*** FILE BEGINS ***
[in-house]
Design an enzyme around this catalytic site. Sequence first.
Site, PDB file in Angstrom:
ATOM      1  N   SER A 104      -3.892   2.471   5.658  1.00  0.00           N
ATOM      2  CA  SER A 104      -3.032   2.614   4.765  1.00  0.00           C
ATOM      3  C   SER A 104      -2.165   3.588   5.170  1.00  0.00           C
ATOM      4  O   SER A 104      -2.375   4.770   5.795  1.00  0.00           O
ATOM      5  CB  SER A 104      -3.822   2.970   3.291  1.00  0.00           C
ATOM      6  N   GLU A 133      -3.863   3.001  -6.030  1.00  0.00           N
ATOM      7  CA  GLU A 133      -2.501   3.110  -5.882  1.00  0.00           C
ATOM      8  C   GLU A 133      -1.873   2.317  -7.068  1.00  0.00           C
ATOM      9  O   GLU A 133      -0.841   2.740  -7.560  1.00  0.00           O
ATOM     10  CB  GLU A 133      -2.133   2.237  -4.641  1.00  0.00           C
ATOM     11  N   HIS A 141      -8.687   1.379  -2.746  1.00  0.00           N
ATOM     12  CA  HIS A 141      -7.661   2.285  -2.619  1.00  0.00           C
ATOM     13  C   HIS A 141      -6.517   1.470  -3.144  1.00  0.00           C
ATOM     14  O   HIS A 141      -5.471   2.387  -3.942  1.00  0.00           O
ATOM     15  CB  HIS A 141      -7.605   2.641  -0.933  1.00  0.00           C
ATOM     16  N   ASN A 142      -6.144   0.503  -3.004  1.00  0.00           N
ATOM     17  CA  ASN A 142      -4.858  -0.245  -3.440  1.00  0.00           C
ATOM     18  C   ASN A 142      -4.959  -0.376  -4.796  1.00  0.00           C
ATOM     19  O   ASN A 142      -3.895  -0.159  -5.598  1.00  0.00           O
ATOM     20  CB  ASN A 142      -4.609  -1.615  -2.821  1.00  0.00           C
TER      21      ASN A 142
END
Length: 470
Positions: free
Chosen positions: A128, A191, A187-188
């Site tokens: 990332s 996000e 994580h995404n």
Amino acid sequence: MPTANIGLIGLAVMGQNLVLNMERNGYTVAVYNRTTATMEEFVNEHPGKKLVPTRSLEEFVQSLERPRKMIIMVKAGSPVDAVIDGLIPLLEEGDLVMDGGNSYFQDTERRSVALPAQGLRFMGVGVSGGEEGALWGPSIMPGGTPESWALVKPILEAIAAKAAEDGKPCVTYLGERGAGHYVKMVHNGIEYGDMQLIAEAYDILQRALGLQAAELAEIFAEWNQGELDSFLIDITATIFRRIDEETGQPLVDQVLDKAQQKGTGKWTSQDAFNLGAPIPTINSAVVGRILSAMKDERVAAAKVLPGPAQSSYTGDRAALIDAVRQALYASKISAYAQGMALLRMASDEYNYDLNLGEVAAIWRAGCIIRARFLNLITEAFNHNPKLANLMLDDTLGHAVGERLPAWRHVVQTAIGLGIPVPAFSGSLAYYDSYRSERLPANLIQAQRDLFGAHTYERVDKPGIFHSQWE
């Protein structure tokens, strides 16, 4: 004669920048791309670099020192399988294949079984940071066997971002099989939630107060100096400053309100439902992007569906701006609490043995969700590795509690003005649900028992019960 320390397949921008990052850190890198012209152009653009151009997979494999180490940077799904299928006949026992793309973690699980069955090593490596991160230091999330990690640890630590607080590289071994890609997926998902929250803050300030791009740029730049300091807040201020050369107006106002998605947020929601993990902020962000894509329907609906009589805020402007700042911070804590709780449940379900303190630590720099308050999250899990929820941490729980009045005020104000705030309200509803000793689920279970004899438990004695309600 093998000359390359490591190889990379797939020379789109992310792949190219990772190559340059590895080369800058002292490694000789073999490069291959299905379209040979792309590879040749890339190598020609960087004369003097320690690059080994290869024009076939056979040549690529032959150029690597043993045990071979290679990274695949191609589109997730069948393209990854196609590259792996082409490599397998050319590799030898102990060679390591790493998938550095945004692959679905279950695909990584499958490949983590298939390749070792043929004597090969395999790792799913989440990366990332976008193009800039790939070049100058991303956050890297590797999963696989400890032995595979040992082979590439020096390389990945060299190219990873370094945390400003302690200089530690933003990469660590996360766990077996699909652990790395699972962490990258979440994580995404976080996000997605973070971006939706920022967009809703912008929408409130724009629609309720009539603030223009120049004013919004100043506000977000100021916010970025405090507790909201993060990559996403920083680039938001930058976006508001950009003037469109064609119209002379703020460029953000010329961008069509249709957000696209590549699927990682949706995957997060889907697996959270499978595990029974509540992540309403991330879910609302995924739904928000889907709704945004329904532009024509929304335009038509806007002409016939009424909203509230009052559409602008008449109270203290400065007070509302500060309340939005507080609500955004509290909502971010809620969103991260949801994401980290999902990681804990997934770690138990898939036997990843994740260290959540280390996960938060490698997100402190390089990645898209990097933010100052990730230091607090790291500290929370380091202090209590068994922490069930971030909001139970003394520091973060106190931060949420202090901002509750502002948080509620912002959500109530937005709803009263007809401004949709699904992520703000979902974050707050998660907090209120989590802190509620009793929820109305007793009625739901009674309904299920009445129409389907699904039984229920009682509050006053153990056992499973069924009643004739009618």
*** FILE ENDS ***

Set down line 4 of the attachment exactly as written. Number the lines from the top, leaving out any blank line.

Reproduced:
ATOM      1  N   SER A 104      -3.892   2.471   5.658  1.00  0.00           N